B-Ds may cut ties with insurers over annuity rules

New compliance costs put firms in position of using fewer carriers

Jun 20, 2010 @ 12:01 am

By Darla Mercado

As states prepare to roll out new annuity sales rules, broker-dealers are worried that insurers may dump additional compliance responsibilities on them. And if that happens, broker-dealers said, they may consolidate their annuity business with fewer carriers.

The brokers' concerns stem from amendments to the annuity suitability model adopted by the National Association of Insurance Commissioners in March. The new rules make carriers responsible for ensuring that annuity transactions are appropriate for customers, and require carriers to make sure that sales personnel take a one-time course on annuities and are provided with in-depth product training.

Broker-dealers worry that carriers will saddle them with tracking which of their reps have taken the courses and which have received product-specific training. They also worry about state reciprocity: Will advisers be required to take courses for all the states in which they are licensed?

“What do advisers gain by taking the course four or five times?” asked Scott Stolz, president of Raymond James Insurance Group, the insurance agency of Raymond James Financial Inc. “Only four or five states do this now, and it's already a mess. I can't imagine what will happen when others incorporate it.”

The new annuity model has been adopted as a statute in Wisconsin. Other states are either implementing the rule through administrative actions or have scheduled it for consideration at their next legislative session.

The expense and administrative difficulties of the rule could force firms to rethink their relationships.

“One of the possible outcomes is that companies like ours, which works with 20 insurance companies, will go down to six so we can have just enough that it's manageable,” Mr. Stolz said.

Zachary Parker, senior annuities and insurance consultant at Securities America, agrees. “We feel that there is only so much we can do,” he said. “If it becomes too much, we might have to look at the relationships and determine if we can continue them.”

Pacific Life Insurance Co. is already putting more responsibility on broker-dealers. It sent a memo to brokerage firms in late April detailing that Texas requires producers to complete four hours of initial annuity training and then four additional hours of annual annuity training in order to sell annuities in the state. In its note, Pacific said that it is the responsibility of the registered rep and broker-dealer to ensure compliance with the training requirements and to maintain proof of completing the course.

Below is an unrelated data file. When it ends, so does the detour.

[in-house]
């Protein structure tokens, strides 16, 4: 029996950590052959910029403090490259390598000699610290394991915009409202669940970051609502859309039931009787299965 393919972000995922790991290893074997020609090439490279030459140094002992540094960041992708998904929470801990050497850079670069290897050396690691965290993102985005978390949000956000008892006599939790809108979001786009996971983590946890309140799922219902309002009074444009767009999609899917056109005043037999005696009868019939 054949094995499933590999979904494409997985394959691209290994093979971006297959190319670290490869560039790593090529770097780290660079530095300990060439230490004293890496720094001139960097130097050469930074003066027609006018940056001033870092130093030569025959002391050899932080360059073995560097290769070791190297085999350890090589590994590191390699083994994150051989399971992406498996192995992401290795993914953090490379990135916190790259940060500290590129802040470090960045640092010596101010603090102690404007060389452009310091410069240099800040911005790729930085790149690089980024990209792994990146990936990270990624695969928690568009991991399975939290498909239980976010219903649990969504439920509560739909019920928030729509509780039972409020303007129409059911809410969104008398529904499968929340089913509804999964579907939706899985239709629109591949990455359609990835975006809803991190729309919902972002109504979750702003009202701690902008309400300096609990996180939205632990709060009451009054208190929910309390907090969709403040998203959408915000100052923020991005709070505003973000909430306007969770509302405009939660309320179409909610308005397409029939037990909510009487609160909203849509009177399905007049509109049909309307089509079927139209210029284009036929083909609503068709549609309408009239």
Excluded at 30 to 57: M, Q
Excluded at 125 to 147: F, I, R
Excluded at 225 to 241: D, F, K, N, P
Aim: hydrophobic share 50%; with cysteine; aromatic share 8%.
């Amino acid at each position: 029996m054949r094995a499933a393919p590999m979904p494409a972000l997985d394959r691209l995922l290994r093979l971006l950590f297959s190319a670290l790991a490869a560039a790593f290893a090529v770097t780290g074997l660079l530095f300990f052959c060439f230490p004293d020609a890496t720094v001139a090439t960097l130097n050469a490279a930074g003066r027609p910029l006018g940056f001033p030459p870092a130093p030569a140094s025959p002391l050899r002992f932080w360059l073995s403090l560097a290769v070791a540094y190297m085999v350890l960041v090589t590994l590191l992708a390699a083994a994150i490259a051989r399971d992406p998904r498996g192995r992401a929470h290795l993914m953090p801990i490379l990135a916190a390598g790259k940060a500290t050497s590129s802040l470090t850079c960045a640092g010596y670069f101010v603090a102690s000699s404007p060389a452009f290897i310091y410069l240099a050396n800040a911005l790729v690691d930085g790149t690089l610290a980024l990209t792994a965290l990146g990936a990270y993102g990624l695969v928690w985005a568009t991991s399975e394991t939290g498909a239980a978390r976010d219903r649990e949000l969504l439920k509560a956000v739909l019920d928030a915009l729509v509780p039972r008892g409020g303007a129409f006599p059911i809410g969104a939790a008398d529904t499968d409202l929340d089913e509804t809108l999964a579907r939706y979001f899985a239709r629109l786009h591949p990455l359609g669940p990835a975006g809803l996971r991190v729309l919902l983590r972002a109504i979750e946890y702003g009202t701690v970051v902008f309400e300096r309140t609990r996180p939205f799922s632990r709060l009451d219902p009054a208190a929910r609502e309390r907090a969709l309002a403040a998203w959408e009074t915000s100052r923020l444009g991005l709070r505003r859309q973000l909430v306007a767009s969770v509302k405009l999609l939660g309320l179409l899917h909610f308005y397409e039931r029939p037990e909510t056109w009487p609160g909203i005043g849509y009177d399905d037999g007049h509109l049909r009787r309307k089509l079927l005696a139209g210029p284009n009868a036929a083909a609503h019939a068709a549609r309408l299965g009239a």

For their part, insurers are concerned about their liability for making sure that selling agents, in-cluding broker-dealers, are current with their licensing requirements.

“We don't quite know how we are going to comply and make sure we're in full compliance,” said Pacific Life spokesman Tennyson Oyler.

Although the new annuity suitability rules allow insurers to farm out their compliance duties to a third party such as a broker-dealer, some brokerage firm executives balk at ac-cepting that additional responsibility.

“I'm certain it would not be an insignificant burden for us to track the reps' training to satisfy the rule,” said Paul Tolley, compliance chief at Commonwealth Financial Network.

New York Life Insurance Co., the largest seller of fixed annuities, doesn't expect to pass on the responsibility of tracking training requirements to broker-dealers.

“In those states that adopt the NAIC suitability model's new annuity training requirements, New York Life plans to independently verify that the broker-dealer's registered representative has completed the training before we will process the annuity application,” said spokes-man Bill Werfelman.

MetLife, the second-biggest variable annuity seller, is still grappling with how to contend with annuities training and the product-specific course, according to spokeswoman Jessica Ong.

“Having to figure out exactly how insurance companies can fully comply [with the model act] hasn't been determined yet, and we're looking at all options — it could be going to the broker-dealer or it could be in-house,” Mr. Oyler said. “It's too early to tell.”

E-mail Darla Mercado at -dmercado@investmentnews.com.

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